It’s been a hell of a summer for JJ Abrams and company with the success of Super 8 and Cowboys & Aliens, which was co-written by frequent Abrams collaborators Alex Kurtzman and Roberto Orci.
With Team Abrams doing bang up business this season, the question on many people’s minds is what’s going on with the next Star Trek, which Abrams, Kurtzman and Orci rebooted with great success in 2009.
Many would have thought there’d already be another Star Trek movie by now, or at least one in production by now and many were wondering what’s been the holdup.
Several months ago it was revealed on Deadline and Trekmovie that there still wasn’t a script, but a 70 page outline, and everyone was waiting for Abrams to confirm he’d be on board to direct the next Trek.
Now Abrams has told the L.A. Times the project is “making the kind of headway that frankly I wish we were able to make months ago.”
Everyone on the Trek team has been busy with other projects, Abrams especially with Super 8 and his new series Alcatraz. Paramount was hoping the movie would be ready for release by next July, but it’s been pushed back, with the second G.I. Joe taking its place, on July 29, 2012.
As Abrams continued, yes the studio would like it shooting by now, but at the same time, “Nothing is more disheartening than something going in front of the camera before it’s ready. The crew can feel it and the cast can feel it. It’s just a heart-attack machine.”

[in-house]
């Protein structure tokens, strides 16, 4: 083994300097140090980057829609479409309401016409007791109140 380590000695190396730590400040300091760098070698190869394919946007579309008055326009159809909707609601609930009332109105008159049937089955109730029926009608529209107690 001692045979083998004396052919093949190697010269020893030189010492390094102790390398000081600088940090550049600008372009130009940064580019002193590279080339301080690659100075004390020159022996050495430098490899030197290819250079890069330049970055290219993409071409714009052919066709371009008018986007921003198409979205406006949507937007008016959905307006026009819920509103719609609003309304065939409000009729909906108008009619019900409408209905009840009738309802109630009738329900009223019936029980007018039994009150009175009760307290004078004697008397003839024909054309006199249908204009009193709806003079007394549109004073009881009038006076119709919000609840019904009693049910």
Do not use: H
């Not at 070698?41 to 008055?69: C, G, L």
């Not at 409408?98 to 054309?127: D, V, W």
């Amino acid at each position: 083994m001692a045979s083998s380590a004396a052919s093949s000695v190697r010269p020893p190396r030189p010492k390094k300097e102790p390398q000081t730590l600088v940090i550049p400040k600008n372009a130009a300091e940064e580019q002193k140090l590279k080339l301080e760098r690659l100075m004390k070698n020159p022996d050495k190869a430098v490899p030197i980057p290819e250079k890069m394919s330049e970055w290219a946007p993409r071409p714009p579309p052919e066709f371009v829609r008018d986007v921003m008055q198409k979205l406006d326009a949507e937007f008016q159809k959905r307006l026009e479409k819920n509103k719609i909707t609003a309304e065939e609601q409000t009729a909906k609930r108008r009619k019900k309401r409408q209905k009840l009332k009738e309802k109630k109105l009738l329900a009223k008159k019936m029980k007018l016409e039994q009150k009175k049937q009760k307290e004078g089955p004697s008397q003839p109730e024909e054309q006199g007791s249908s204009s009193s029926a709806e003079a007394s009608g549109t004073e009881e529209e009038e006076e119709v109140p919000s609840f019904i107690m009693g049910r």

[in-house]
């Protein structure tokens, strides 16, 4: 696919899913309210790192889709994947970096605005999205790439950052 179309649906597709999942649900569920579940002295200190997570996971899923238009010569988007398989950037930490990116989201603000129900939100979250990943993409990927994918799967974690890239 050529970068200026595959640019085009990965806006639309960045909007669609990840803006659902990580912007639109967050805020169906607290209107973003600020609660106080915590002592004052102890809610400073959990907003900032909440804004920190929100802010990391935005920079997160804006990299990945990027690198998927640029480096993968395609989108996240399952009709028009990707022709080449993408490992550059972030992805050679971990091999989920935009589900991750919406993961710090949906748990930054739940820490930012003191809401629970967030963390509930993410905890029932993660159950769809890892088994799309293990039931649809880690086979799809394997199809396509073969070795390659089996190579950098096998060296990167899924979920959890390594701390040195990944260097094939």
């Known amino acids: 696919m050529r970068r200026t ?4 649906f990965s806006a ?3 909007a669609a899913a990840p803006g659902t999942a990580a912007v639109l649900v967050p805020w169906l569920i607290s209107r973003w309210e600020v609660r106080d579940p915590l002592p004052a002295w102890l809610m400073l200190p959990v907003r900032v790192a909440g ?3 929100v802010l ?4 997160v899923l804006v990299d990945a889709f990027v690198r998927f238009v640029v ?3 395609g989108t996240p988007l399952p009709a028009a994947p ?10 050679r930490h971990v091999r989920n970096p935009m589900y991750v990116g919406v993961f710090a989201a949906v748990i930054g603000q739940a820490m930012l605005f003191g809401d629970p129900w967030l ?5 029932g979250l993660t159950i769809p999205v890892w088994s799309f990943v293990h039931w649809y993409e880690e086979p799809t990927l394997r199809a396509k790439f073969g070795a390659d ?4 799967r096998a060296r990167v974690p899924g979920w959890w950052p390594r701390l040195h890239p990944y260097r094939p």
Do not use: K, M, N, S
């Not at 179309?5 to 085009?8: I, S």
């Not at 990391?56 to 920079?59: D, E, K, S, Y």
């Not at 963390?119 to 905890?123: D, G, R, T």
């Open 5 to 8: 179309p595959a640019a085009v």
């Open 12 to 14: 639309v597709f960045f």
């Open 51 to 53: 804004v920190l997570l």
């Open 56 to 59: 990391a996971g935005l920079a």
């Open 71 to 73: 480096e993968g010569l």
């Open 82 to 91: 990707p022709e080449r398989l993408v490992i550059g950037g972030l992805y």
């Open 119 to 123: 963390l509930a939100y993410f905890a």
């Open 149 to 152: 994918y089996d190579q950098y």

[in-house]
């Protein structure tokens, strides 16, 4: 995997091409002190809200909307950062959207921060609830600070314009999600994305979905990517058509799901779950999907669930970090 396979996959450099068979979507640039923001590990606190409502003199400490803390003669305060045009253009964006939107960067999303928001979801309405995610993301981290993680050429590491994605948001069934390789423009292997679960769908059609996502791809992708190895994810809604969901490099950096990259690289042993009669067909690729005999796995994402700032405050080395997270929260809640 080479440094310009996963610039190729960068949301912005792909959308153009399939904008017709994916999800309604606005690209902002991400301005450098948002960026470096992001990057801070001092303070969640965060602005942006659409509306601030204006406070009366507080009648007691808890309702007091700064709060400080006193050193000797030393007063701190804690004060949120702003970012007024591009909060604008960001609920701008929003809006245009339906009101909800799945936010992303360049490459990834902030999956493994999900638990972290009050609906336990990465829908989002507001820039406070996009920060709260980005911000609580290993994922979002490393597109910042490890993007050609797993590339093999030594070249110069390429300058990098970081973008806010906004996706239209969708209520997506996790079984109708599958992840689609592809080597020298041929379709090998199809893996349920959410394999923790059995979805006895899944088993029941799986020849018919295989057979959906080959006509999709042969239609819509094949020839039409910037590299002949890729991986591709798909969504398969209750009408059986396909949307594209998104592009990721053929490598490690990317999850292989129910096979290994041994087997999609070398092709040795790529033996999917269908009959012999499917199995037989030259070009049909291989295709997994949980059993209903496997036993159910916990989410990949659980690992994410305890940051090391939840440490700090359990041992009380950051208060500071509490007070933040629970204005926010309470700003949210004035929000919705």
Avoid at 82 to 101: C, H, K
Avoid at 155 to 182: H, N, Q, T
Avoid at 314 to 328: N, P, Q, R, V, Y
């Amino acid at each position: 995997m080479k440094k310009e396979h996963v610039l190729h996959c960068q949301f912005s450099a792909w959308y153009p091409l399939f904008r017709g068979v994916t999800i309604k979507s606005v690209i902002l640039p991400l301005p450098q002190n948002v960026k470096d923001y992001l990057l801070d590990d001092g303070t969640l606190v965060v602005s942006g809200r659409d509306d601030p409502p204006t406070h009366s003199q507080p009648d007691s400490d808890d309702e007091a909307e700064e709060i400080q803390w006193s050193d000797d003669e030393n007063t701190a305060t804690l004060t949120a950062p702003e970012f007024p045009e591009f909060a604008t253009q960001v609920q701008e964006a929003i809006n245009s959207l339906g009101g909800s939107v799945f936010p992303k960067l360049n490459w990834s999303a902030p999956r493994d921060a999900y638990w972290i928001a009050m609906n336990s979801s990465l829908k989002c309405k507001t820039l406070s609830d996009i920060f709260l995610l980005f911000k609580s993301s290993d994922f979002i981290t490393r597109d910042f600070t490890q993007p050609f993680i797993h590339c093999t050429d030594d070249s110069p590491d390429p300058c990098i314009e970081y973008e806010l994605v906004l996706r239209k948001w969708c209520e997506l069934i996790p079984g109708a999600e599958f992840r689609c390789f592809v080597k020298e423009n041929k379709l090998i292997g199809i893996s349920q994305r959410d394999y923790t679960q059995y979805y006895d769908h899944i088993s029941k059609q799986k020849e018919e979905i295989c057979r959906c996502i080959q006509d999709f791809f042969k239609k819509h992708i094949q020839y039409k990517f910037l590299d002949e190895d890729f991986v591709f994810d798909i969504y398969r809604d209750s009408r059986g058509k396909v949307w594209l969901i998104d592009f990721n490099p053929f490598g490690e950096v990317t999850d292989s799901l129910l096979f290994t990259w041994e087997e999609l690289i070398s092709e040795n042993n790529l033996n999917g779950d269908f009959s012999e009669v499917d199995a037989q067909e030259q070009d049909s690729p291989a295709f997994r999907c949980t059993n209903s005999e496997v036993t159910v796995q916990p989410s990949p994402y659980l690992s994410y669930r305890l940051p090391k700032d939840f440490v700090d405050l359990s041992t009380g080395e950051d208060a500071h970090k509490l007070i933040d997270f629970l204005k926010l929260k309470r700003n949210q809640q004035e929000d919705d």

Now according to to Indiewire, the current plan is starting in January 2012, with hopes of a release late that year, but summer 2013 is looking more realistic.
Funny enough, the site Vulture also reported Paramount has talked to Abrams about making the next Star Trek in 3D, and the third Star Trek, The Search For Spock, was going to be in 3D as well. Paramount helped lead the eighties 3D revival with the third Friday the 13th, but the technology was pretty much played out by Summer ’83. (And will probably be long played out by the time the next Star Trek is ready.)
As Abrams told Vulture, “I have nothing against 3D in theory. But I’ve also never run to the movies because something’s in 3D…You know, when I was in New York fifteen years ago, I sort of had the flu, I remember turning the TV on. There were these kids in a very dark, kind of muddy movie that was on a local channel…somebody had a paddleball, and they were doing it right to the camera. It was like this weird experimental Fellini movie. I was like, ‘What the f*ck is this movie?’ And it was Friday the 13th Part 3 in 3D – without sex, violence, or 3DD! It was genius.”